Written by Tvisha Lakhani

Edited by Kiritika Rana

Designed by Kiritika Rana

Published by Kiritika Rana

You’re doing the next round in the never-ending cycle called your laundry when you find something in the pocket of your jeans. It’s a chocolate bar, half-melted and rehardened into a misshapen shape. You wonder, how did that get here? Well, let’s find out!

Today, the top producers of cocoa beans are Cote d’Ivoire and Ghana, both in Africa, but before, chocolate originally came from Latin America. 

Many ancient civilizations have used chocolate: the Olmecs, the Mayans, and the Aztecs. The Olmecs were the first civilization to experiment with chocolate, and as time went on, other civilizations did the same. In the Mayan civilization, chocolate was drunk as a beverage in most households, often flavoured with chilli or honey. Xocolatl, as it was called by the Aztecs, was a revered drink and the cocoa beans used to make it were even used as currency.

While there are several stories on how it happened, chocolate eventually made its way to Spain in the 1500s. Over time, chocolate came to other parts of Europe as well and this European chocolate tended to be sweeter than its Aztec counterparts. To meet the growing popularity of chocolate, chocolate plantations were established in equatorial regions by many countries, and many enslaved were forced to work on these plantations. 

Even today, practices like child labour can still be seen on chocolate plantations, although many measures are being taken to stop it. As time went on, many advancements in chocolate-making technology followed. New processes and machines were invented for better quality and faster production of chocolate. The cocoa press was a particularly big milestone in the history of chocolate.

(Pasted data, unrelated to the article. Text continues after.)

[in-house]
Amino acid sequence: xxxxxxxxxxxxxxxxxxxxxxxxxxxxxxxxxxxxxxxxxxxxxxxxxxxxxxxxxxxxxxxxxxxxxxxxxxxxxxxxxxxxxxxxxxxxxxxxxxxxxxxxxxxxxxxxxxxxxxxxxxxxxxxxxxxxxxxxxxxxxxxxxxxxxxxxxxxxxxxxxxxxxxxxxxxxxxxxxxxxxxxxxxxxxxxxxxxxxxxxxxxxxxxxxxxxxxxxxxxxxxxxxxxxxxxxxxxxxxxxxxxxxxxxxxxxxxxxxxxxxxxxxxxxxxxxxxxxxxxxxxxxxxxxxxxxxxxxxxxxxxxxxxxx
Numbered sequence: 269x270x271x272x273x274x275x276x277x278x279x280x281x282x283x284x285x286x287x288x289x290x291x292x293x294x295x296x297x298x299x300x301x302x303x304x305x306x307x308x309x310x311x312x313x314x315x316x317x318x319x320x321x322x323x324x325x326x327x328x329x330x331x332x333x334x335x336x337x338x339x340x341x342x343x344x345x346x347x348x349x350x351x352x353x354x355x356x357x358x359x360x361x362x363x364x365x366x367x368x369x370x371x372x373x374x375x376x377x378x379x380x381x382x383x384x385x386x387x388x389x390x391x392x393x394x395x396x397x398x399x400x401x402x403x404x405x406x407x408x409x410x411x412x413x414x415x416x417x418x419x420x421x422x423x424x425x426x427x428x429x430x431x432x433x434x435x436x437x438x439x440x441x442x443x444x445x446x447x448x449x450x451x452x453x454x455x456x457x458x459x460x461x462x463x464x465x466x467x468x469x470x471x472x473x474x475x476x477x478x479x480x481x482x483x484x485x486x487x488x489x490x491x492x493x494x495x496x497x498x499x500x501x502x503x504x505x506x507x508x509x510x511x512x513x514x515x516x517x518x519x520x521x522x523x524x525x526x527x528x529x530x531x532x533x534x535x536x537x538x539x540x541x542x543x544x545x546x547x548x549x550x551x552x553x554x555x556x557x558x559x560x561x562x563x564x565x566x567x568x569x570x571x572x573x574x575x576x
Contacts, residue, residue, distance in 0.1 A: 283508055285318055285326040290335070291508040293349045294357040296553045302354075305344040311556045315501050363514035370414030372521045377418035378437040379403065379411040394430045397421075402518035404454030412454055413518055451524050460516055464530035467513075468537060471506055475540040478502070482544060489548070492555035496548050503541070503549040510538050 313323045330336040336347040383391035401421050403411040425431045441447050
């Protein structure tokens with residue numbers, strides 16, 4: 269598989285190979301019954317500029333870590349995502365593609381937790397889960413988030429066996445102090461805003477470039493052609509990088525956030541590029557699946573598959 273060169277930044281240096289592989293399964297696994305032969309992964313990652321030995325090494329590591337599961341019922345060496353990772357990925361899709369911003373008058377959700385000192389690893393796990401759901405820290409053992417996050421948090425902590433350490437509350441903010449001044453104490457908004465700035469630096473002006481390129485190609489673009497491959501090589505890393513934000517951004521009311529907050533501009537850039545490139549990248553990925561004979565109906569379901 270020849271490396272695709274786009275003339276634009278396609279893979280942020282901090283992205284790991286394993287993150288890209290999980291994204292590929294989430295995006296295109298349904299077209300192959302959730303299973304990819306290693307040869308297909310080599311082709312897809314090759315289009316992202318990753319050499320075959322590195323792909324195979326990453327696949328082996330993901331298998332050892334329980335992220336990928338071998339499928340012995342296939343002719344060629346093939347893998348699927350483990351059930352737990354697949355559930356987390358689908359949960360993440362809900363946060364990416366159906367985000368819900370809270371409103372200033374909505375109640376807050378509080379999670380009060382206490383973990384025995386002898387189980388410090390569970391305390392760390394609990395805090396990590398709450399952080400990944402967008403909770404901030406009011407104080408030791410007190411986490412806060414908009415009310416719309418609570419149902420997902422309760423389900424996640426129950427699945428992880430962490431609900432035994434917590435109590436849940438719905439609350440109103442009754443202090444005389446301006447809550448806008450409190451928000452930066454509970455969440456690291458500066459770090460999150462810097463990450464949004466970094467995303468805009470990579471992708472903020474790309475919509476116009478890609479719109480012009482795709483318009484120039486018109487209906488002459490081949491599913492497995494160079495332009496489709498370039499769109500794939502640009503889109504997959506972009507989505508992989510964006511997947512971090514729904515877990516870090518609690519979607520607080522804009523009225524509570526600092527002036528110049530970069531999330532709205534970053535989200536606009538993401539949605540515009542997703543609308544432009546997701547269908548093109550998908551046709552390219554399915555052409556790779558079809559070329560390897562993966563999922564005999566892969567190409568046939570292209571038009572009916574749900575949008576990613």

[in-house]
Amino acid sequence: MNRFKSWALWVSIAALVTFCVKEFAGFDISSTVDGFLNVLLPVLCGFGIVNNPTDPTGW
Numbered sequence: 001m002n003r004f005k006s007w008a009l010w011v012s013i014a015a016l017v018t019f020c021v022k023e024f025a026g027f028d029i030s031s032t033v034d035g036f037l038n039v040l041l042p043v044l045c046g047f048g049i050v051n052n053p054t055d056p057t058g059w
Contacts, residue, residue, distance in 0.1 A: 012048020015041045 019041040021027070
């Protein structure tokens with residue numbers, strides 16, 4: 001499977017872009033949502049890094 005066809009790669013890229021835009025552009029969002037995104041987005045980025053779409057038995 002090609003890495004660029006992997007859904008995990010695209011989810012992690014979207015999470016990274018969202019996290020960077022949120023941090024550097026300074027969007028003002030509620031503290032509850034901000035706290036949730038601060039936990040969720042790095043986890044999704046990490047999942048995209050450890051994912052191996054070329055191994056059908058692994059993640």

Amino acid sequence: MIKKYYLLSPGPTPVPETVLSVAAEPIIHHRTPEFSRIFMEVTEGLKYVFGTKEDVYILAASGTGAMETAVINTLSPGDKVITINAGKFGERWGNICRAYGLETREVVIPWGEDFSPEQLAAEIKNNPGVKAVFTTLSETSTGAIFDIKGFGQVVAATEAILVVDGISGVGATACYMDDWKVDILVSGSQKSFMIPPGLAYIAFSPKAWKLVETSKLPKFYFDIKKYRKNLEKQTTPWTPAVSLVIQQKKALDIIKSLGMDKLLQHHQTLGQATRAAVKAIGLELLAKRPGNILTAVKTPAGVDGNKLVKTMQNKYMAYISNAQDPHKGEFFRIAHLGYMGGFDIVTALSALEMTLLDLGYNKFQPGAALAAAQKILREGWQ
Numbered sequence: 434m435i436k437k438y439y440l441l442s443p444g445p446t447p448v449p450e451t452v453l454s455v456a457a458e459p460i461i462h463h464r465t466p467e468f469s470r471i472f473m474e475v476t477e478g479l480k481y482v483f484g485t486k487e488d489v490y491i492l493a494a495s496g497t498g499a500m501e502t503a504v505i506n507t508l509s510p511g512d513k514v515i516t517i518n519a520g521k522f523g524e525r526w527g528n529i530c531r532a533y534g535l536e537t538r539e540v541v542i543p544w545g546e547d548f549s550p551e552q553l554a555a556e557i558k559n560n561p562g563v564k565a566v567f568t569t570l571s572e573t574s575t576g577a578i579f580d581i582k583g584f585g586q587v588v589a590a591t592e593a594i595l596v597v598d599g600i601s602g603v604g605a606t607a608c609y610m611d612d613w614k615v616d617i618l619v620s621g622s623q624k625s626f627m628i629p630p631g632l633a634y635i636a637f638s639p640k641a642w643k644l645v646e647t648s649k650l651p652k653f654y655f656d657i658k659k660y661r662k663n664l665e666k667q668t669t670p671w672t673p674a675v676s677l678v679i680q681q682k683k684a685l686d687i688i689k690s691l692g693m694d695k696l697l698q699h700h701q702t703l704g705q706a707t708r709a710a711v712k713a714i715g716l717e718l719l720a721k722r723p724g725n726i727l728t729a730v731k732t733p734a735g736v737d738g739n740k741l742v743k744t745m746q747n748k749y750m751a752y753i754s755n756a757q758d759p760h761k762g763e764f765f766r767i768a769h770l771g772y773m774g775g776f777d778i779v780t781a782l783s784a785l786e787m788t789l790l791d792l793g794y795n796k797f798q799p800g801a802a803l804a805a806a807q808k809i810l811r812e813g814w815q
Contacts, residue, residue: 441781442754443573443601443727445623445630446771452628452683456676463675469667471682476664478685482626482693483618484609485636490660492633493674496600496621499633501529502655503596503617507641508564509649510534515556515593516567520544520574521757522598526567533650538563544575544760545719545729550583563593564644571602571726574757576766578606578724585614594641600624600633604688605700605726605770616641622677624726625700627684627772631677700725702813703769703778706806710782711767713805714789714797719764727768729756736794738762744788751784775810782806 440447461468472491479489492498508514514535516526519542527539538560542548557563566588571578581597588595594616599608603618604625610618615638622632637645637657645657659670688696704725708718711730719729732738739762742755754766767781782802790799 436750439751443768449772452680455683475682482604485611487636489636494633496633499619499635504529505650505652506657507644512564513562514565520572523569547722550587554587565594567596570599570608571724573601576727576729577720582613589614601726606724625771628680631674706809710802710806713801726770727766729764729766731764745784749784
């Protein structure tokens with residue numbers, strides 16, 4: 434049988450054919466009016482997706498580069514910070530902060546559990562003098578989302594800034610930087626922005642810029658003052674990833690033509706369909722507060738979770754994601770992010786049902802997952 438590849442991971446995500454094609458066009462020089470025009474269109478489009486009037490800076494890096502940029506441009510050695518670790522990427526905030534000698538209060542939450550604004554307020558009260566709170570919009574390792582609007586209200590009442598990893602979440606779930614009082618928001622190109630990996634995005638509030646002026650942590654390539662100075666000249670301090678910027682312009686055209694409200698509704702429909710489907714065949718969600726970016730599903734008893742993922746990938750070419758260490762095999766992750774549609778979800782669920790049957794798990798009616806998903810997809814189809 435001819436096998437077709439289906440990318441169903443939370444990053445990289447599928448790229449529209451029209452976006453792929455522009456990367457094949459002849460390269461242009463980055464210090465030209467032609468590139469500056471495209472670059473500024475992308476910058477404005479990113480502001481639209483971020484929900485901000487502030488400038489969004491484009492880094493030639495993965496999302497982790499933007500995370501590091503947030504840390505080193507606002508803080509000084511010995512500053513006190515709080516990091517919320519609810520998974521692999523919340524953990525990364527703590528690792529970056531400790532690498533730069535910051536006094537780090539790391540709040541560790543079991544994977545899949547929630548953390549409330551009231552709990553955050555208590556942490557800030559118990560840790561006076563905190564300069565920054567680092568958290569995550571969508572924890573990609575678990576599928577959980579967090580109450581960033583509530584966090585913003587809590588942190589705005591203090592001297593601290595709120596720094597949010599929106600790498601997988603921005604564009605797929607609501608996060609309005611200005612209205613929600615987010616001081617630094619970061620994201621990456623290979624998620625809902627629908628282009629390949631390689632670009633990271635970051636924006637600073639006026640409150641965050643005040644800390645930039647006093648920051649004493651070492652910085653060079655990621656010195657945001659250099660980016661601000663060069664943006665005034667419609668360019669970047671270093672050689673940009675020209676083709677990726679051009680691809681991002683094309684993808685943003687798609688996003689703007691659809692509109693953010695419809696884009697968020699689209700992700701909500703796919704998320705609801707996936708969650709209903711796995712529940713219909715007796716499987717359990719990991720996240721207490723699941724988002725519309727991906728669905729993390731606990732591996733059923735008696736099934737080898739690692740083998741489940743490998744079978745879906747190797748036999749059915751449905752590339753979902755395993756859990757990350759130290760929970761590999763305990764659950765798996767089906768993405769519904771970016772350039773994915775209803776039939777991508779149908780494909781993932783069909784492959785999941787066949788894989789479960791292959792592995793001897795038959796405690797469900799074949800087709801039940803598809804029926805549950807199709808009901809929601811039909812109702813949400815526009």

It separated cocoa butter from roasted cocoa beans, and this process left behind cocoa powder. Advancements such as these increased the affordability of chocolate and the ability to mass produce it.

The first solid chocolate was made by J.S. Fry and Sons in 1847. Almost three decades later, a man named Daniel Peter made the first milk chocolate by adding dried milk powder to it.

In the past century and a bit, chocolate and its production have evolved substantially. But that raises the question, how is chocolate made today?

1. Growing and harvesting cacao beans

Cacao beans are harvested from pods that grow on cacao trees. These trees are generally grown near the equator in hot and humid areas. Pods can contain up to 50 beans. When the pods ripen to a bright orange-yellow, they are harvested, usually twice a year.

2. Fermenting the beans

Once the cacao beans are cleaned (with some of the pod’s pulp remaining for flavour), they are fermented. Different areas of the world do this differently; for example, parts of Africa often let the beans ferment in piles on the ground while parts of Latin America do the fermentation process in specific boxes. The fermentation process usually takes 2 to 9 days.

3. Drying the beans

Cacao beans are then dried under the sun, often being moved and turned around to dry them consistently. These beans are then

4. Roasting the beans and making cocoa mass

The beans are roasted to enhance the flavour and then winnowed, a process where the nibs and shells are separated. By grinding the nibs, cocoa mass is produced. This cocoa mass can be pressurized further, turning it into cocoa powder and cocoa butter.

5. Making chocolate

Different types of chocolate use different basic ingredients. Milk chocolate uses cocoa mass, cocoa butter, sugar, and milk powder. Omit the milk powder, and you have the basic ingredients for dark chocolate. Omit the cocoa mass instead, and you have the basic ingredients for white chocolate. Whichever ingredients are used, they are mixed into a paste.

6. Conching the chocolate

The chocolate is put through the process of conching, where it is put into a conch and slowly mixed around and heated evenly. This process immensely increases the smoothness of chocolate.

7. Tempering the chocolate

The chocolate is tempered, a process that requires slowly heating it. Tempering helps make chocolate smoother, and shinier and improves its texture as well. This tempered chocolate is then put into molds to harden.

8. Eating!

After making its way through the rest of the supply chain, this chocolate ends up with you! What will you do with it?